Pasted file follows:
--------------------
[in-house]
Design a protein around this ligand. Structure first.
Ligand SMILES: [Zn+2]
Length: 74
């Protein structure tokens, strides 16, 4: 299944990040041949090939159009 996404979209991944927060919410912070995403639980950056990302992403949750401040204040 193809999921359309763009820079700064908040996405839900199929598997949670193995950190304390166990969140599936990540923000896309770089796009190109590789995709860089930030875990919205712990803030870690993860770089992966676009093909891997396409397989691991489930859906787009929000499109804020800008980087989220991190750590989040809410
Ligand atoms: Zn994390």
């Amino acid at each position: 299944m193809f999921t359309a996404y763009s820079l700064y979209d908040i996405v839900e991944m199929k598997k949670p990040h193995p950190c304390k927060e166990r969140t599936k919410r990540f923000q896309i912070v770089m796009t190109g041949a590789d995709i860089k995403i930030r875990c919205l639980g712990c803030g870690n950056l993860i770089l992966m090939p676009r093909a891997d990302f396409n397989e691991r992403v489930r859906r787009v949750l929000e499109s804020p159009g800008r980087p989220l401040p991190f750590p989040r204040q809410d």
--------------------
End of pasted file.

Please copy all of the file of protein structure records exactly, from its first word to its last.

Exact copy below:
[in-house]
Design a protein around this ligand. Structure first.
Ligand SMILES: [Zn+2]
Length: 74
């Protein structure tokens, strides 16, 4: 299944990040041949090939159009 996404979209991944927060919410912070995403639980950056990302992403949750401040204040 193809999921359309763009820079700064908040996405839900199929598997949670193995950190304390166990969140599936990540923000896309770089796009190109590789995709860089930030875990919205712990803030870690993860770089992966676009093909891997396409397989691991489930859906787009929000499109804020800008980087989220991190750590989040809410
Ligand atoms: Zn994390």
């Amino acid at each position: 299944m193809f999921t359309a996404y763009s820079l700064y979209d908040i996405v839900e991944m199929k598997k949670p990040h193995p950190c304390k927060e166990r969140t599936k919410r990540f923000q896309i912070v770089m796009t190109g041949a590789d995709i860089k995403i930030r875990c919205l639980g712990c803030g870690n950056l993860i770089l992966m090939p676009r093909a891997d990302f396409n397989e691991r992403v489930r859906r787009v949750l929000e499109s804020p159009g800008r980087p989220l401040p991190f750590p989040r204040q809410d």